In this review, I focus on how the What Does It Mean to Be an American? (www.whatdoesitmeantobeanamerican.com) curriculum relates to the study of Asia in high schools and colleges. The review focuses on the curriculum’s methodology, the Mineta Legacy Project (Stanford Program on International and Cross-Cultural Education [SPICE] curriculum developers were invited to create a companion curriculum to complement the documentary Norman Mineta and His Legacy: An American Story) and the goals and content of the curriculum. General knowledge of Asia, important for decades in American education, appears to be more imperative than ever as Xi Jinping’s China appears now to threaten what it means to be an American. At the risk of digression, anyone who reads this review is encouraged to learn more about Norman Mineta, which they can easily do through this curriculum package. Mineta is a great American.
The curriculum is divided into six sections (Immigration, Civil Liberties and Equity, Civic Engagement, Justice and Reconciliation, Leadership, and US-Japan Relations) and is based upon “Understanding by Design.” This pedagogy enables a high level of student engagement in lessons with the teacher acting as a facilitator. In the first section, students examine issues regarding immigration and draw connections with today. They learn about treatment of Japanese-Americans during World War II and reflect on the perspectives of people of color and different religions in the contemporary US. It is within this section that we gain insight into how this curriculum is formatted in a way that uses one event in American history to move into current issues that often don’t focus upon learning about Asian topics.
In the second and third sections, students learn about Civil Liberties and Equity beginning with the Constitution, and subsequently focus upon the internment of Japanese-Americans and discuss how to create civil engagement within the classroom and in the larger society to hopefully create positive change. In these sections, especially the second, knowledgeable teachers can discern elements of Critical Race Theory in the curriculum. Although I am not opposed to introducing CRT as one perspective in considering civic engagement nor in encouraging students (assuming they have basic content knowledge in addition to what is provided in this curriculum package) to become young engaged citizens, the direct connection to Asian studies in high school and university survey courses is not a main focus of this section.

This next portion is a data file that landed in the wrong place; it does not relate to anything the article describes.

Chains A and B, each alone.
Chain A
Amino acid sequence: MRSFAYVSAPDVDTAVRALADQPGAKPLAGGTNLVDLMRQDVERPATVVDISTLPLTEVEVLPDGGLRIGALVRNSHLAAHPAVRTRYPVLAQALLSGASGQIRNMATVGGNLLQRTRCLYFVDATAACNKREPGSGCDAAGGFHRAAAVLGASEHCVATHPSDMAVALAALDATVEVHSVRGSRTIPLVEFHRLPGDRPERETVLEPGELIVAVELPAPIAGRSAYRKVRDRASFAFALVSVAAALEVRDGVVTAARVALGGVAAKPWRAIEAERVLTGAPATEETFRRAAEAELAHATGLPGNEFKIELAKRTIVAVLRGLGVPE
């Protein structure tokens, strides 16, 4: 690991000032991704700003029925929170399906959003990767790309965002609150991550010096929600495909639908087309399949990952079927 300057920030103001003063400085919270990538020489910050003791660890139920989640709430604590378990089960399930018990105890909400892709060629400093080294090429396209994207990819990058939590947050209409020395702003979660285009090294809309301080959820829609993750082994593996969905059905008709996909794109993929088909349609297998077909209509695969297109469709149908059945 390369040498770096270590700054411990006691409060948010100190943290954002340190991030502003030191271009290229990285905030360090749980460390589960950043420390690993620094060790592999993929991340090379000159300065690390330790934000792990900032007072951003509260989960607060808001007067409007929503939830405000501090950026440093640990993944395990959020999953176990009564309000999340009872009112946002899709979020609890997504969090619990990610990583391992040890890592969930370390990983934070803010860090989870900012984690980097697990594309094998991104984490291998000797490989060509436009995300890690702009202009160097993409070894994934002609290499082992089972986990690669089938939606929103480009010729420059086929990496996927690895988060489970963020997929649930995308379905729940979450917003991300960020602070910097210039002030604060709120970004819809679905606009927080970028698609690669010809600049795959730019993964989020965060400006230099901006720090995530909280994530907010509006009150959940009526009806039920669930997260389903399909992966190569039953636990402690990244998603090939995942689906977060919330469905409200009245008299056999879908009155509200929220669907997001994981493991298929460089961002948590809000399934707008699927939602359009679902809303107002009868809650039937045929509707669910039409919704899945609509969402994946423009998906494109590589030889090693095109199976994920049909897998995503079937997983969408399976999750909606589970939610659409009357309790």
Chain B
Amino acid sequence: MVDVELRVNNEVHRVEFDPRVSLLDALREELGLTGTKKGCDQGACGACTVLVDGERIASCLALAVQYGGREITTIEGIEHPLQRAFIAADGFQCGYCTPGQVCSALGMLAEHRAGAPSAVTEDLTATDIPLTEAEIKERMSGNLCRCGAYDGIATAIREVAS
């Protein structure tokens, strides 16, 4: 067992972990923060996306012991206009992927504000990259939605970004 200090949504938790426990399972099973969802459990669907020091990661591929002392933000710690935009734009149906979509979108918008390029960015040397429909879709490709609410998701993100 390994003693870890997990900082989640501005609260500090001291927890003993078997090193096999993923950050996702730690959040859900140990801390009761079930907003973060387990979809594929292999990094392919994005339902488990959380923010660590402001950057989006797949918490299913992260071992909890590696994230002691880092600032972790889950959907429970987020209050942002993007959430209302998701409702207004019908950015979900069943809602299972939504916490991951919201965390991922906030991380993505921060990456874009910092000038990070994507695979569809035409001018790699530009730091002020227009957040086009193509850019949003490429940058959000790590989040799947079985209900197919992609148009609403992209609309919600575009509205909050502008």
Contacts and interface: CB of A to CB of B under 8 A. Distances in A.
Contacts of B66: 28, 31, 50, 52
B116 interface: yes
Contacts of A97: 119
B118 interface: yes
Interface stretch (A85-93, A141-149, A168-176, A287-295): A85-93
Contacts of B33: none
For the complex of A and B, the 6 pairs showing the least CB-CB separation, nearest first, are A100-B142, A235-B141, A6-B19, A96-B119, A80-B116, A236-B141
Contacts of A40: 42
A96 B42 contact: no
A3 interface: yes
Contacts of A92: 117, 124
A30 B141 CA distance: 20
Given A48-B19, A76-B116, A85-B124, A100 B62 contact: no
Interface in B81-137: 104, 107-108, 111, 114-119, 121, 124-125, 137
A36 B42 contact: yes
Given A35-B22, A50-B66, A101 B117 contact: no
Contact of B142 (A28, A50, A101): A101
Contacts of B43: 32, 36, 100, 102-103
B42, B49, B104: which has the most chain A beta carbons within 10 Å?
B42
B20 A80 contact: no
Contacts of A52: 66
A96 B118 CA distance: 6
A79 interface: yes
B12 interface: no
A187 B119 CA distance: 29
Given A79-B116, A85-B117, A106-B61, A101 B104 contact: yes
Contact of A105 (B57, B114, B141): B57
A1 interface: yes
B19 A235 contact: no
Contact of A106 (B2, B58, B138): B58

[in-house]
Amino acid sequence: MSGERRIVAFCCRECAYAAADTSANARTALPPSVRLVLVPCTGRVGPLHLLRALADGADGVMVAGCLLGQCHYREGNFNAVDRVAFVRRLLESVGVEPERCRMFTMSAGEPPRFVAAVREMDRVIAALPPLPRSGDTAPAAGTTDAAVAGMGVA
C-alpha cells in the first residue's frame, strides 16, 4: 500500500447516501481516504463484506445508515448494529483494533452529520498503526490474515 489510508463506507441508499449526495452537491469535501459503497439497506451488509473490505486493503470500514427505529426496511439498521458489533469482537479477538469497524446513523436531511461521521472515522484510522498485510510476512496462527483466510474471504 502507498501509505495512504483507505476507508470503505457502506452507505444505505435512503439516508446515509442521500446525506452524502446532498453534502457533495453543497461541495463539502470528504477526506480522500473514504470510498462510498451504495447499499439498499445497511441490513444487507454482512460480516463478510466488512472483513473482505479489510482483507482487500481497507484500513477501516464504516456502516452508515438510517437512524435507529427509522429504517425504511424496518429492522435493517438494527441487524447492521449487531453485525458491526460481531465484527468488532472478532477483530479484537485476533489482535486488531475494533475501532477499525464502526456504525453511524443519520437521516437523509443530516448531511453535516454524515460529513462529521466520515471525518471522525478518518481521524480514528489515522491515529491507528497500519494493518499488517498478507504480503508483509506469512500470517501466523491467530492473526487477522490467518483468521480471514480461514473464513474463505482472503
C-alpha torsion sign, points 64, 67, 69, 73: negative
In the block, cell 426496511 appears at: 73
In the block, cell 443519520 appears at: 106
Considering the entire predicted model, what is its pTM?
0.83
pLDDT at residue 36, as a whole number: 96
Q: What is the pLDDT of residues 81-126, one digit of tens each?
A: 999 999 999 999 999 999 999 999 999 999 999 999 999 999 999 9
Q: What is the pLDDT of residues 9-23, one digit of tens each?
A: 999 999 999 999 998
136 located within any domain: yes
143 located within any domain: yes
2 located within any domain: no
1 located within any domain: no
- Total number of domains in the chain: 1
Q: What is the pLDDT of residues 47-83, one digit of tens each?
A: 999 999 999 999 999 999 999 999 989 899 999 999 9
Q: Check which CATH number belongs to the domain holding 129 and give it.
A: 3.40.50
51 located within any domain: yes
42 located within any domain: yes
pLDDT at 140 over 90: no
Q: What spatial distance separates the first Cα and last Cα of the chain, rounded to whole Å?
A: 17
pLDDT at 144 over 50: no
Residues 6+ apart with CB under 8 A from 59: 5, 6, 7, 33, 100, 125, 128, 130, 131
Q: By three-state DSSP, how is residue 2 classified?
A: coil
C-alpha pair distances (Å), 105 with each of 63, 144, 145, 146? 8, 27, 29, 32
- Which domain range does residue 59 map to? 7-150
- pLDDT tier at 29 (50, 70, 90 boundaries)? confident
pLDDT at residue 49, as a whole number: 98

In the fourth section of this curriculum, teachers and students explore the topic of justice and reconciliation, specifically through the story of how Japanese-Americans were treated by the American government due to their ethnic background rather than their loyalty to and support of the US. The curriculum uses this major injustice to accentuate other historical and, allegedly, contemporary US government ill treatment of American citizens and gives examples for the student to view other incidents in American history, as well as read and analyze how a variety of famous people in history, religion, and literature define justice. I question whether the American internment of Japanese-Americans, while certainly open to severe criticism for several reasons, should be used as a springboard into, in many ways, completely different topics.
Even though the connections to Asian studies are tenuous, I found the Leadership section of the curriculum beneficial to students. The unbiased and interesting treatment of the topic of leadership is potentially inspirational for many students who will be the leaders of tomorrow. Because the SPICE team was working with independent filmmakers, they produced some succinct but quite interesting videos involving respectively, interviews with living former presidents and members of Congress.
In the sixth and final section, the reader sees and gains substantive insights into the connection among Asia, Japan and our nation. The section does a very good job in discussing the connection. With some exceptions, notably a lack of discussion regarding Imperial Japanese forces actions in World War II and Japan’s underreported role in helping the US win the Cold War, the historical and contemporary aspects of US–Japan relations are well done. At the high school level, Tennessee standards (as an example) are content-specific and especially include Japan in the fused US history and geography standards, as well as the world history and geography standards. The US–Japan Relations module, despite modest content on World War II, is helpful in teaching some of this content, particularly the post-war standards
In summary, the curriculum has definite strong points as well as some problems I’ve identified, with the biggest problem being a lack of inclusion of more focused Asian/Japanese studies content.